Wild Bill Hickok threatens the friend of Davis Tutt after defeating Tutt in a duel, in an illustration from Harper’s New Monthly Magazine, February 1867. Even in the 1890s, Nanaimo wasn’t the Wild West. (submitted)

Wild Bill Hickok threatens the friend of Davis Tutt after defeating Tutt in a duel, in an illustration from Harper’s New Monthly Magazine, February 1867. Even in the 1890s, Nanaimo wasn’t the Wild West. (submitted)

T.W. Paterson column: Friendly card game led to fatal shooting in Nanaimo

The final witness, Dr. L.T. Davis, refused to give testimony until he was paid in advance

“The Marshall Murder! Murderer Cleverly Captured!! The Pursuers Unarmed!!!”

Such, with no fewer than six exclamation points, were the headlines of the Nov. 28, 1890 issue of the Nanaimo Daily Free Press. Less than a week and a half later, the Press would report the outcome of the resulting trial and the culprit’s sentence. That could never happen in today’s judicial system — and if it did it would warrant more than exclamation points!

This shoot-em-up from our frontier past began the day before with a friendly mid-afternoon game of seven-up for drinks between proprietor George Dunbar, James Marshall and Cipriano Luperini in the Italian Hotel, at the corner of Haliburton and Needham. Watching while Marshall and Luperini bet a dollar a hand on the side were John Whitfield, J. Lynch and John “Texas Jack” Carragh. When Marshall asked Dunbar, who surrendered his seat to Carragh, for a stake, the obliging hotelier stacked $5 in silver on the table in front of him.

With a swipe of his hand, Luperini scooped up $3, the amount that he claimed Marshall already owed him, and put the coins in his pocket. The young Scotsman ordered Luperini to put them back. Luperini refused, words ensued and they began fighting until Dunbar managed to separate them. As the 33-year-old Marshall stepped towards the bar, Luperini drew a revolver (described as being a new one because of its shiny appearance). Before Dunbar could complete the sentence — “For God’s sake, don’t fire—!” Luperini, who hadn’t spoken since he and Marshall were separated, squeezed the trigger from just 10 feet distant.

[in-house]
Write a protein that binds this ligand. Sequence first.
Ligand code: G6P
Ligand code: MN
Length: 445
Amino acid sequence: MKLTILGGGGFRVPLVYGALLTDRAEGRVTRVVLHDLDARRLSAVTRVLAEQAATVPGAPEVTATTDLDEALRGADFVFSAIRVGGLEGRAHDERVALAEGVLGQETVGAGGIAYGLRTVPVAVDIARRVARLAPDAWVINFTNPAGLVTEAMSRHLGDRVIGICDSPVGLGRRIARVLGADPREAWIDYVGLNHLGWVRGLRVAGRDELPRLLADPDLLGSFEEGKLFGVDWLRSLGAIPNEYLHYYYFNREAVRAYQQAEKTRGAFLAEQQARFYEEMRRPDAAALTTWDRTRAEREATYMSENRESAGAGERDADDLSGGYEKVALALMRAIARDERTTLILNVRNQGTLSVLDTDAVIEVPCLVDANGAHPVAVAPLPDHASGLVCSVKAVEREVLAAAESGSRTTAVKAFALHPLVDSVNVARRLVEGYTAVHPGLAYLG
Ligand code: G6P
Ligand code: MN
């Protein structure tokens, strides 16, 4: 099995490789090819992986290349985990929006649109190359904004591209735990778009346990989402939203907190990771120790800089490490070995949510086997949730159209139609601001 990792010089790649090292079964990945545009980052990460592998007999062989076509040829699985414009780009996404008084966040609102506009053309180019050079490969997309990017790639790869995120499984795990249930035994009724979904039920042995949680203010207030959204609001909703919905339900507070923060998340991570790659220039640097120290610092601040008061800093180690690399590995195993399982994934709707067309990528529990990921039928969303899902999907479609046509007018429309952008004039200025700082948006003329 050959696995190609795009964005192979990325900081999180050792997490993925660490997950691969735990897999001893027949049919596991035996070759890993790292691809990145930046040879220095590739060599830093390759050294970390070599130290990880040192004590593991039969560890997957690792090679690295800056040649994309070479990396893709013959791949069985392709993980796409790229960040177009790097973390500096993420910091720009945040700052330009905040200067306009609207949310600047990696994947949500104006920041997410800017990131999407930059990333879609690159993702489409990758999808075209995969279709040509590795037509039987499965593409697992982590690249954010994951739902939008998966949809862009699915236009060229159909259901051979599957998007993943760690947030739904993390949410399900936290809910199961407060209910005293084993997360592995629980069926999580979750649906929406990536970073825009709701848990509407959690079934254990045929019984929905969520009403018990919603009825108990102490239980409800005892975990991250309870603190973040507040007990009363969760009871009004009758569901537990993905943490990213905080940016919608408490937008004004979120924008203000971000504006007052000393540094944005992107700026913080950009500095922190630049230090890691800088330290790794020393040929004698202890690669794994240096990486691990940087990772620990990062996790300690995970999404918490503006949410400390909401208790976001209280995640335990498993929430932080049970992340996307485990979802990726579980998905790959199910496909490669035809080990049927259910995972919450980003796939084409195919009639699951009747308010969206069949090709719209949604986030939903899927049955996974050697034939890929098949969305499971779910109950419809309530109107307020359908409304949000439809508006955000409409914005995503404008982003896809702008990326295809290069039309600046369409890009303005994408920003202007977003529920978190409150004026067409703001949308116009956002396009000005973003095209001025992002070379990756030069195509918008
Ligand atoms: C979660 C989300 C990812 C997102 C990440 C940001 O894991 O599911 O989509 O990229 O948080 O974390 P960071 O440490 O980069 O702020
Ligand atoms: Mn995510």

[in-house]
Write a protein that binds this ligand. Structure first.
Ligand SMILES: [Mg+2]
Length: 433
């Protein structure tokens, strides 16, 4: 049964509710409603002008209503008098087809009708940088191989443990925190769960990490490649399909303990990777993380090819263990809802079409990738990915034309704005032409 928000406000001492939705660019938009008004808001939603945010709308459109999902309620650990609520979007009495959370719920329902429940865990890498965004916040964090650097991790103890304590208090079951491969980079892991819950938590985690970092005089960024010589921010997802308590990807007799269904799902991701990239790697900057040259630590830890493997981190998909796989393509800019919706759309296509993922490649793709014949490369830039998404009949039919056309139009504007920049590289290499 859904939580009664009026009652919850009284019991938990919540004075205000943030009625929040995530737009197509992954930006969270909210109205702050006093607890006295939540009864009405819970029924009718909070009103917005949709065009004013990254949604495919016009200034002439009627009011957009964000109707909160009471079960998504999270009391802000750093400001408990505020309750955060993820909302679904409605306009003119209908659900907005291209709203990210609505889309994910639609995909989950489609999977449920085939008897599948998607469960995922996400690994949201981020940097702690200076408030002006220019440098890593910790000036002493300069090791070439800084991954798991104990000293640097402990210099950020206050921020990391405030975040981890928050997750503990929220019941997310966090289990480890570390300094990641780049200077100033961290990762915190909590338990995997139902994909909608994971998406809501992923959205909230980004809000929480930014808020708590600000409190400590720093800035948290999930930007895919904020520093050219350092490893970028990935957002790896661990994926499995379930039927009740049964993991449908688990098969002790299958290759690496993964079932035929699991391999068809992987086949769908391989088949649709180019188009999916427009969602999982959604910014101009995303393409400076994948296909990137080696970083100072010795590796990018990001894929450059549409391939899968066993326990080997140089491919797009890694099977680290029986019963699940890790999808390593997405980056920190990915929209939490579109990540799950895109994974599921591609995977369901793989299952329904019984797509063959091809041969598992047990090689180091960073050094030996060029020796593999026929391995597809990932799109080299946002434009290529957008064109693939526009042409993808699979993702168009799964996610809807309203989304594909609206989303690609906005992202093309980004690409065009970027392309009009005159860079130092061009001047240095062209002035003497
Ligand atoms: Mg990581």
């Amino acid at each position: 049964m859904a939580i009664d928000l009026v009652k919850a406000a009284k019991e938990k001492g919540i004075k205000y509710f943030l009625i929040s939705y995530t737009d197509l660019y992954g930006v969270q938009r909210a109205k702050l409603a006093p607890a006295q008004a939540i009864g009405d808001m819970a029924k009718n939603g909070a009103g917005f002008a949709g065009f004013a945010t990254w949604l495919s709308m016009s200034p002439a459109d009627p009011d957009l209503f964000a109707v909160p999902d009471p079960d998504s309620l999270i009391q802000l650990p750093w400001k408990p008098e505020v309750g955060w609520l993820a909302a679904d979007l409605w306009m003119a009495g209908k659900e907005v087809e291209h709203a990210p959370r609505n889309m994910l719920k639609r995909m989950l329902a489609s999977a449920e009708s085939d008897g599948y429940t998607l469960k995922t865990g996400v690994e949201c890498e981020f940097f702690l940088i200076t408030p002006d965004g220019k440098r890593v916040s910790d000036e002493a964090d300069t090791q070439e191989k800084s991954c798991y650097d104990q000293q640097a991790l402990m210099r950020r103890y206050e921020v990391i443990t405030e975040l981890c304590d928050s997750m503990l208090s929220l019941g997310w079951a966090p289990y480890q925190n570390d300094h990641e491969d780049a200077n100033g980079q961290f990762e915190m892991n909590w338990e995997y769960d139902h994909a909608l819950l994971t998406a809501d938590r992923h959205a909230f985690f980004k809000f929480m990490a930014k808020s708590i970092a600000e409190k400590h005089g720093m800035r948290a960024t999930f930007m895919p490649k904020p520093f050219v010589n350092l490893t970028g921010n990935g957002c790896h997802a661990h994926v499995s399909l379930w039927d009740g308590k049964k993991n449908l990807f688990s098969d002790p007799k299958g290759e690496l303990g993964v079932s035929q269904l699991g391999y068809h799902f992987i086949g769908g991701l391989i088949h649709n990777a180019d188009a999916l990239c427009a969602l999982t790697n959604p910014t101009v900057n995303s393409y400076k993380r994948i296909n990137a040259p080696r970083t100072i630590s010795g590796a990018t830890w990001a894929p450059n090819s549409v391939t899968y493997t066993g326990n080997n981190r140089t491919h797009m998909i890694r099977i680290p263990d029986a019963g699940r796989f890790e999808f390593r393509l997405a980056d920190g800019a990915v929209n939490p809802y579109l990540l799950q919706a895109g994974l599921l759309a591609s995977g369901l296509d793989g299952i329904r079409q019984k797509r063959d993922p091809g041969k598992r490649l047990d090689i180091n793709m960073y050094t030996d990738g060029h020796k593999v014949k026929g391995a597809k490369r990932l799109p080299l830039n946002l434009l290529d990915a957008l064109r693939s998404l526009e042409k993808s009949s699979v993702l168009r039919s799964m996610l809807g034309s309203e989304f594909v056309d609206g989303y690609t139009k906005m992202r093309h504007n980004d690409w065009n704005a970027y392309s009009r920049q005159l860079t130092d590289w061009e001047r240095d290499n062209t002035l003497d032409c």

“Oh, Whitfield, Whitfield,” cried Marshall. Struck in the left side, he fell to the floor and, 10 minutes later, expired. By then his slayer had fled up Haliburton Street. A teamster later spotted him on the Wellington road. He jumped into the bushes when he saw the wagon approaching and another man gave pursuit but he got away. When next seen, he was eating a loaf of bread by the cemetery. Peter Boyle gave chase but Luperini, propelled by fear, widened the distance between them.

When both men saw a wagon load of miners headed for the Northfield Mine, Boyle raised the alarm and the slayer plunged into the bush. Several of the miners joined Boyle in the pursuit but soon gave it up. As the determined Boyle headed back to town, he ran into William Jones who, with his crew, was erecting a fence. Jones, A. Stepney, J. McMilan and Waddy Hilbert joined with him to form an unofficial posse and all hastened to where Luperini was last seen.